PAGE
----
“I hate the fact I’ve got the life sentence,” she says. “I’ve been fighting for justice for so long.”
Courtney Herron was 25 when she was fatally assaulted in Royal Park by Henry Hammond, a homeless man she had given a cigarette to on the afternoon of May 24 last year.
The pair went to dinner at a Fitzroy restaurant together, where cameras captured them in friendly conversation, before Courtney paid for Hammond’s meal and they went to a friend’s apartment and smoked cannabis and ice.
In the early hours of May 25, the pair left the apartment and entered Melbourne’s sprawling Royal Park about 4.30am.
Hammond picked up a branch and Courtney became scared. Hammond would later tell police her last words were: “Are you going to kill me?”
A witness sleeping in the park said the frenzied attack lasted 50 minutes. He described hearing a woman’s screams and her attacker going “hell for leather”.
Hammond then tied Courtney’s feet together, dragged her into a clearing and covered her with leaves and put a concrete block on her face.
These are details that will haunt her mother forever.
“The fact she turned around and saw him and got really scared and those were her last words … She wouldn’t have understood why. She would never think like that,” Maxie says.
“She was trusting but was so vulnerable because she didn’t understand that not everyone is like her. She wouldn’t have understood it with every blow coming down on her.”
Maxie says it was her daughter’s kindness – the small act of giving someone on the street a cigarette – that led to her death.
“It’s like a sliding doors moment. She died because of her kindness.”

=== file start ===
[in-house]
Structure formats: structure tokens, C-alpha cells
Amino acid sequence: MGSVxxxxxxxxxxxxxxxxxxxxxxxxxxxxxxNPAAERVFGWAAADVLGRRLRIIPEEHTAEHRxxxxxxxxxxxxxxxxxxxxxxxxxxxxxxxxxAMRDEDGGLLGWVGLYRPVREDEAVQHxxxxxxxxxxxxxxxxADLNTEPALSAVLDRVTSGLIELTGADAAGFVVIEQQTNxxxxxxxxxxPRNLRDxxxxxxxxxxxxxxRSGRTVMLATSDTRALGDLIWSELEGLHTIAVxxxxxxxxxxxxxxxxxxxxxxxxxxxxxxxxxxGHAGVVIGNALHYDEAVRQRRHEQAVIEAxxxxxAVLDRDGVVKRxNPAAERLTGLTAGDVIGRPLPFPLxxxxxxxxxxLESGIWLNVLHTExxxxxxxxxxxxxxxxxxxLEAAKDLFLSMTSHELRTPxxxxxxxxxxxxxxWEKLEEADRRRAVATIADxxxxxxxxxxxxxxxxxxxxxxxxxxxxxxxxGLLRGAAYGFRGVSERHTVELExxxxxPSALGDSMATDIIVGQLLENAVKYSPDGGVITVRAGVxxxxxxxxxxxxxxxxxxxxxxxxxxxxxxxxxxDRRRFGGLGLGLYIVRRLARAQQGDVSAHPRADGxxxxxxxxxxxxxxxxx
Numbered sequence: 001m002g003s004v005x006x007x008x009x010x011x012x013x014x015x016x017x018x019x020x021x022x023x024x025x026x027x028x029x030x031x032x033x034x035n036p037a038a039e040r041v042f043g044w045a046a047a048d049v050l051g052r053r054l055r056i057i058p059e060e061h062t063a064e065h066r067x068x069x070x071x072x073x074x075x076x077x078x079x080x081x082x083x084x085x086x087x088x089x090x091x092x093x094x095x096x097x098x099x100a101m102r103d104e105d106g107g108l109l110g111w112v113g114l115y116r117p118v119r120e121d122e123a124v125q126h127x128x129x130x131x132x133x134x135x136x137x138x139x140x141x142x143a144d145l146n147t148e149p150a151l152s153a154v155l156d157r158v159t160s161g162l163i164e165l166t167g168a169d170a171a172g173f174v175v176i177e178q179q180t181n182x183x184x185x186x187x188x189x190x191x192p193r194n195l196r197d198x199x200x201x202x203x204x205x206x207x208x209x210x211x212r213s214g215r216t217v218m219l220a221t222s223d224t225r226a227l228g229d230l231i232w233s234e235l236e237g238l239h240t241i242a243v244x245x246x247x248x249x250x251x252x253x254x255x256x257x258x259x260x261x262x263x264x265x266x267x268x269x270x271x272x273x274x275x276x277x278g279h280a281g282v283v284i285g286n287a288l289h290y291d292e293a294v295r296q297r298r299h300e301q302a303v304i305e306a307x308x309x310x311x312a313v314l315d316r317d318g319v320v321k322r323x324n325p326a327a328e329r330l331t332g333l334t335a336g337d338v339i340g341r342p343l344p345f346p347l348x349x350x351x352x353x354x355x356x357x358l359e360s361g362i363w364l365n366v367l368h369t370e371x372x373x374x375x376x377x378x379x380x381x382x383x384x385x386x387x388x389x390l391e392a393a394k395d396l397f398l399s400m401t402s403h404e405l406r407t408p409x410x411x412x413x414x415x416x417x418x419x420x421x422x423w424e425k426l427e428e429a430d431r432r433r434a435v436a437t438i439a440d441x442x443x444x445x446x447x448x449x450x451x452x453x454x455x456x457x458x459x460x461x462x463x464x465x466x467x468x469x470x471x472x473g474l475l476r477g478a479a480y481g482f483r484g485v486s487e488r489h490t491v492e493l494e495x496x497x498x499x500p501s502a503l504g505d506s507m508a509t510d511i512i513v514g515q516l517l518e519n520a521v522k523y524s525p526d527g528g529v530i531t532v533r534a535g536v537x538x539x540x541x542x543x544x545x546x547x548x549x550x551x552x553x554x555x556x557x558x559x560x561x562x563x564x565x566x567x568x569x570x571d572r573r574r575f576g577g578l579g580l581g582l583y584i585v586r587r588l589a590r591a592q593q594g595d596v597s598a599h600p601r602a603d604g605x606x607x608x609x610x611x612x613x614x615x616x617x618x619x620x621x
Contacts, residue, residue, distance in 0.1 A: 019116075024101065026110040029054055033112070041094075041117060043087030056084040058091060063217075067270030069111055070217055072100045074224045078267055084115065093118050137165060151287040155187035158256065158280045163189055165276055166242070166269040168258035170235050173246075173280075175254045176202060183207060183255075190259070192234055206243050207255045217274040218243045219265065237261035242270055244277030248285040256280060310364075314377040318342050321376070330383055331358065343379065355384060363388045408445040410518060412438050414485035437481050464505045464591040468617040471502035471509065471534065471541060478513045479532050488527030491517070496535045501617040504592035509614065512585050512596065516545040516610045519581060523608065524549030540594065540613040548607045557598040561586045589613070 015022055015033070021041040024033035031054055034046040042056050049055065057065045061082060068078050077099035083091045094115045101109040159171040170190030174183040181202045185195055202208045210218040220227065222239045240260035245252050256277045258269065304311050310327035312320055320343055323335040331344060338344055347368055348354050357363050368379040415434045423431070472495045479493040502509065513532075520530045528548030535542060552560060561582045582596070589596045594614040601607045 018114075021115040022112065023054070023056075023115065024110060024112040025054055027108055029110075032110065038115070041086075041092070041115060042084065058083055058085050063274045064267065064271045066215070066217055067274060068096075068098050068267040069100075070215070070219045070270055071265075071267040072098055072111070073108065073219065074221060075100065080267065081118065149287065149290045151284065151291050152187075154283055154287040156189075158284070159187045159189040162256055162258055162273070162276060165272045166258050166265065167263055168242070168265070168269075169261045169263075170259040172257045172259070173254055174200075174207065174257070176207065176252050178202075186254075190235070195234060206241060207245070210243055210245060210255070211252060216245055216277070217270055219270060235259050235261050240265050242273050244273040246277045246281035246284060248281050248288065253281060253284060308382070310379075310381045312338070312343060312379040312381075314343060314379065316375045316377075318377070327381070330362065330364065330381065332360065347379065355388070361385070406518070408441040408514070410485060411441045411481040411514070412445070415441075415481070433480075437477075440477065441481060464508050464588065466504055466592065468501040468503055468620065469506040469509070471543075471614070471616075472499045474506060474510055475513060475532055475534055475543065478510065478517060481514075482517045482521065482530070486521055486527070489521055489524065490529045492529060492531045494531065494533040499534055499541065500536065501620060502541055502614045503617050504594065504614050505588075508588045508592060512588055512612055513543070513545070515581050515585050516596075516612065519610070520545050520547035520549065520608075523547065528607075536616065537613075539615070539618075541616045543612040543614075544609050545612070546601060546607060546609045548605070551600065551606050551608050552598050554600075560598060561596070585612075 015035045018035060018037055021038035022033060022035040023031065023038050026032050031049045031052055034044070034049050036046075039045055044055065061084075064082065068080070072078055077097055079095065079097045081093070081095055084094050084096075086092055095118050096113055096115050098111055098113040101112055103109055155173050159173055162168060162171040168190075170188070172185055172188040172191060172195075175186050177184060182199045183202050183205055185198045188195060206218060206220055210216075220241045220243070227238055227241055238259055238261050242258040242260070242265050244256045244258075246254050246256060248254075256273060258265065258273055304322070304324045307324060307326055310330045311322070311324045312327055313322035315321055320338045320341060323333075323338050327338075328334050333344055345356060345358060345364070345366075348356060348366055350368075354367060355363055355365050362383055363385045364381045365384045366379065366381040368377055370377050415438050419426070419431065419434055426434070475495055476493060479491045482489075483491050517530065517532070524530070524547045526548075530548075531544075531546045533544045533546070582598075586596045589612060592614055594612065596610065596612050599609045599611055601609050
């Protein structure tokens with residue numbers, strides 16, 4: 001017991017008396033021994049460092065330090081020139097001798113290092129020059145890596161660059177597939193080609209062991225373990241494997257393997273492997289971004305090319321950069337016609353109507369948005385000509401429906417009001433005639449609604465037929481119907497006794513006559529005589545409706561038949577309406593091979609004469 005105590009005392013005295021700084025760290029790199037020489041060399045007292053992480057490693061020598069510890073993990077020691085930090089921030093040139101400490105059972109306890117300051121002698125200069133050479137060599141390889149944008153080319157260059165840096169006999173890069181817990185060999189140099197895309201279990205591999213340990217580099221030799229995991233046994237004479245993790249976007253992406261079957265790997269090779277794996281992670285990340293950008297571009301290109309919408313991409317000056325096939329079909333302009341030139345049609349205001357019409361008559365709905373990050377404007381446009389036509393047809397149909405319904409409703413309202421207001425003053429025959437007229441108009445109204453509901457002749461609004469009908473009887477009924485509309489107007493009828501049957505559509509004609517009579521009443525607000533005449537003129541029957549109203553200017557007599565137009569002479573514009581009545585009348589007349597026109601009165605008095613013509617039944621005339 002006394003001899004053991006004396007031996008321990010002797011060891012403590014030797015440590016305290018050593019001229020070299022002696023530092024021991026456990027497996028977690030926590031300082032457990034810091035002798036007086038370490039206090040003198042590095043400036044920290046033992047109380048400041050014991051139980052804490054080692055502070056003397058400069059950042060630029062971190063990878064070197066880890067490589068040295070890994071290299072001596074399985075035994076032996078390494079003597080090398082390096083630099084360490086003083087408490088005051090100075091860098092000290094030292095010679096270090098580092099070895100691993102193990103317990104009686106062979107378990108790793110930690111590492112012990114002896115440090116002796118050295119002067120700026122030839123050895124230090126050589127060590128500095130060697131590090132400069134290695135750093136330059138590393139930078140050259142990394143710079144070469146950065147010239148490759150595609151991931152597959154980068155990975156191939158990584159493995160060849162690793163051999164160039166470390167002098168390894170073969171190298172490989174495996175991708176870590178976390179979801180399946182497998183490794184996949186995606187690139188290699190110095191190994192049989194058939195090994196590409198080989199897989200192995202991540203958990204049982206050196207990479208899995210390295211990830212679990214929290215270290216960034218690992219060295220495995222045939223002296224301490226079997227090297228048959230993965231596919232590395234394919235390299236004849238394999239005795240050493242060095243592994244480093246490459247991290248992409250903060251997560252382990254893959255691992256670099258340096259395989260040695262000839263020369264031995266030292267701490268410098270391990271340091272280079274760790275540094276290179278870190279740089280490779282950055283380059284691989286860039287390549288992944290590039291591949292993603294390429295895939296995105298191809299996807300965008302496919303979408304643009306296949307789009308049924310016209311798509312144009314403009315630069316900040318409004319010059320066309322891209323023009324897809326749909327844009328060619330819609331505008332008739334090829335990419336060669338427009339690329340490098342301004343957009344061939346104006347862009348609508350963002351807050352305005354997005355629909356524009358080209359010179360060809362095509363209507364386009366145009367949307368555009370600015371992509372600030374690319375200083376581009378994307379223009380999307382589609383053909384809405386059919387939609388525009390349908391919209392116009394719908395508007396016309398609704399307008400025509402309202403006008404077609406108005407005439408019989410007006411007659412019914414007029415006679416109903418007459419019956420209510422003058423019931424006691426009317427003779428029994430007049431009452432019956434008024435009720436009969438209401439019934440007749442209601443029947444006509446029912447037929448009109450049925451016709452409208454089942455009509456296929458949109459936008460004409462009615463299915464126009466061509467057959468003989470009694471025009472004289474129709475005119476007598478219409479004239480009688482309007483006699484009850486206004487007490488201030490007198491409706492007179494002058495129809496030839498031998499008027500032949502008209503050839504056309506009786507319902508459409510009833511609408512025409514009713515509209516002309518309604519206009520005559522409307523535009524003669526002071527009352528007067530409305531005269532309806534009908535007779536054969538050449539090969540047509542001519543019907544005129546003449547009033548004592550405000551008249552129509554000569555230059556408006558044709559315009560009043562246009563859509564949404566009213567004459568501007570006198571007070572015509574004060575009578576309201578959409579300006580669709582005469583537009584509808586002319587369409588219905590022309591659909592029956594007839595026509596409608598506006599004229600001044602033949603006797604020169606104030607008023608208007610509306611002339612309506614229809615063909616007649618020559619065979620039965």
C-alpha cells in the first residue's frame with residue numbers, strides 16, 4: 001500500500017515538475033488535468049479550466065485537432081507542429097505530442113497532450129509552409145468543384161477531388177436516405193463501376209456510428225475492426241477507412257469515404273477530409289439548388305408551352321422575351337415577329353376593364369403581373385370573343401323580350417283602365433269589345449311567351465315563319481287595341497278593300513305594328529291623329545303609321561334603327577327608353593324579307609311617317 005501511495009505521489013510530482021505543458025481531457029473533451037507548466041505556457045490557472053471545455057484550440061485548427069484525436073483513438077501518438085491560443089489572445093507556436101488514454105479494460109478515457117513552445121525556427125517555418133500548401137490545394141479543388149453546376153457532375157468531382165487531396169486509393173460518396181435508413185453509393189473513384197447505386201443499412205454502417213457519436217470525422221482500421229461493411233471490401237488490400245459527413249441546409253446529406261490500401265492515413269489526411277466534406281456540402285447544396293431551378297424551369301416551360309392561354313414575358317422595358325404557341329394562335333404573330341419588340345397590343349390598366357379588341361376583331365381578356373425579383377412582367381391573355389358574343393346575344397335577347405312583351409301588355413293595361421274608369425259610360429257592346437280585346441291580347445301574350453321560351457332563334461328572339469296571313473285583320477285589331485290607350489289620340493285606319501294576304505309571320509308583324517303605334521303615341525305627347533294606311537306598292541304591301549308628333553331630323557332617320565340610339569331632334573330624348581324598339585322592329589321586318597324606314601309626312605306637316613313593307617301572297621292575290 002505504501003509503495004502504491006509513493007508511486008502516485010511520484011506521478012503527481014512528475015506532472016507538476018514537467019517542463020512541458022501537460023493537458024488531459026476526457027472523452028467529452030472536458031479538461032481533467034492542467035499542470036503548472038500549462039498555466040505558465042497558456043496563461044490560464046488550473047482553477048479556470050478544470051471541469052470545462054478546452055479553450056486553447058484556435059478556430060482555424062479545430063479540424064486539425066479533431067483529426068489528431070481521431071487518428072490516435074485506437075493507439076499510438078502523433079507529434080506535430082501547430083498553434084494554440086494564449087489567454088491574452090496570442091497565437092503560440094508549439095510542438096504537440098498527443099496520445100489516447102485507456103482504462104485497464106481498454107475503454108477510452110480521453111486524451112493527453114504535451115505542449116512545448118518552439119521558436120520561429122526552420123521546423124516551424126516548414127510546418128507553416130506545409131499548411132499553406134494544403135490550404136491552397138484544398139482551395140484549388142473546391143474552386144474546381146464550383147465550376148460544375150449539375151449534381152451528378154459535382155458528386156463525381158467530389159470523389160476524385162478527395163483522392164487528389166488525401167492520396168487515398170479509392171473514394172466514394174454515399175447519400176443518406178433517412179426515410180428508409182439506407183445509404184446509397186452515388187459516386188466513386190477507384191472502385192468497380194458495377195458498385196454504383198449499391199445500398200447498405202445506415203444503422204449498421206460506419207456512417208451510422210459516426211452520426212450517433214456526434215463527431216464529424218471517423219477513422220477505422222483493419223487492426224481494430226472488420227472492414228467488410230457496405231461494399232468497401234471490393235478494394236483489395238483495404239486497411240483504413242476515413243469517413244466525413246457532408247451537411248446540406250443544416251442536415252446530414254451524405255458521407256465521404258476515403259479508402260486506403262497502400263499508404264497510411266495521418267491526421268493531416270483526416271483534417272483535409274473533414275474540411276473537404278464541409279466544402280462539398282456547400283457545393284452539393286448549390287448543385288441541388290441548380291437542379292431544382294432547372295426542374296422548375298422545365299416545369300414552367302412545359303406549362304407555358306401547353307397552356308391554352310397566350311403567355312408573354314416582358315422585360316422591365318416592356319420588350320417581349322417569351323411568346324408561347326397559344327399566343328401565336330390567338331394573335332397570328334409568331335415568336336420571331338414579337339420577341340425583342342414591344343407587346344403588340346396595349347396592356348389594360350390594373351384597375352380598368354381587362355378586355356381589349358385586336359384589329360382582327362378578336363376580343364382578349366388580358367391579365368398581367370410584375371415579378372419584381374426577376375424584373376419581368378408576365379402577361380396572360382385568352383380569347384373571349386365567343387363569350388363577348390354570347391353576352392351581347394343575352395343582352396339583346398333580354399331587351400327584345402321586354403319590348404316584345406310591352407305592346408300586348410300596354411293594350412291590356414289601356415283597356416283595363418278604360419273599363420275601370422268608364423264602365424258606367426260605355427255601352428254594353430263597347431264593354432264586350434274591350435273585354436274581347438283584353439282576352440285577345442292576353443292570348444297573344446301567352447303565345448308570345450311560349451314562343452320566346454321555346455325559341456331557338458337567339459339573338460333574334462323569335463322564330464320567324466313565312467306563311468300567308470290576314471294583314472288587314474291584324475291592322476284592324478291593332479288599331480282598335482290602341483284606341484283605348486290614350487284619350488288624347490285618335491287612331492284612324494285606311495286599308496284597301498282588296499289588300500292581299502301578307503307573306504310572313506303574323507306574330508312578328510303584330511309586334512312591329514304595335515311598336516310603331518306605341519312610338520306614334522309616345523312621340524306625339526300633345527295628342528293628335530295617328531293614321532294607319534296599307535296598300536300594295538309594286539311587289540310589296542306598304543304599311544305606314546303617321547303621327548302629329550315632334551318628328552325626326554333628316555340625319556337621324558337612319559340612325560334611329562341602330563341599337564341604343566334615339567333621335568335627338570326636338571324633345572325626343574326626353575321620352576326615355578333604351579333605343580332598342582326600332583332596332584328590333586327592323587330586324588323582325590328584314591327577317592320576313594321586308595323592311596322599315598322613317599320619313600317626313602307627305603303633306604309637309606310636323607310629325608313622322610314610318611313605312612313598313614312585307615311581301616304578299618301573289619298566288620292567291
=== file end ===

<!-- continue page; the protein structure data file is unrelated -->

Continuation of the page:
Hammond was arrested on the afternoon of May 26. He initially denied knowing Courtney, but he later told police that he had been walking through Royal Park when he had felt that she had a “treachery towards him and her family”, adding that the “trees had dropped sticks for a reason”.
He said he “recognised Courtney from a past life” and he had got his revenge on her.
‘The family is so angry’
It wasn’t long after Courtney’s death that her family learnt that just weeks before the killing, Hammond had been released from jail after successfully appealing a sentence he had received for threatening to kill his ex-partner.
Court documents show that in April last year, Hammond was released on a community corrections order after serving a portion of a 10½-month sentence for waving a knife in the face of his partner, before choking and punching her, fracturing her eye socket.
He had arrived at the woman’s apartment several days after she had ended their relationship in August 2018, saying “she was not who she said she was and she was dead”.
He admitted to the assault and was sentenced in December 2018. The court heard he claimed to hold Viking beliefs and had taken a vow of silence, making it difficult to complete a psychological report.
His lawyer argued the sentence was “manifestly excessive” and Hammond’s parents, from NSW, told the court they would help pay for some temporary accommodation if he were released.
He was assessed as suitable for a 12-month community corrections order on the condition he received drug, alcohol and mental health treatment, supervision and judicial monitoring.
“The reason I’m giving you that chance is so that you can be assisted with some rehabilitation,” the judge told Hammond.
“You are a young man, you have some difficulties. You and I both know that. So you’ve got to face up to the difficulties and I’m going to monitor how you do it.”
“OK,” Hammond replied.
Seven weeks later he was back in jail, charged with murder.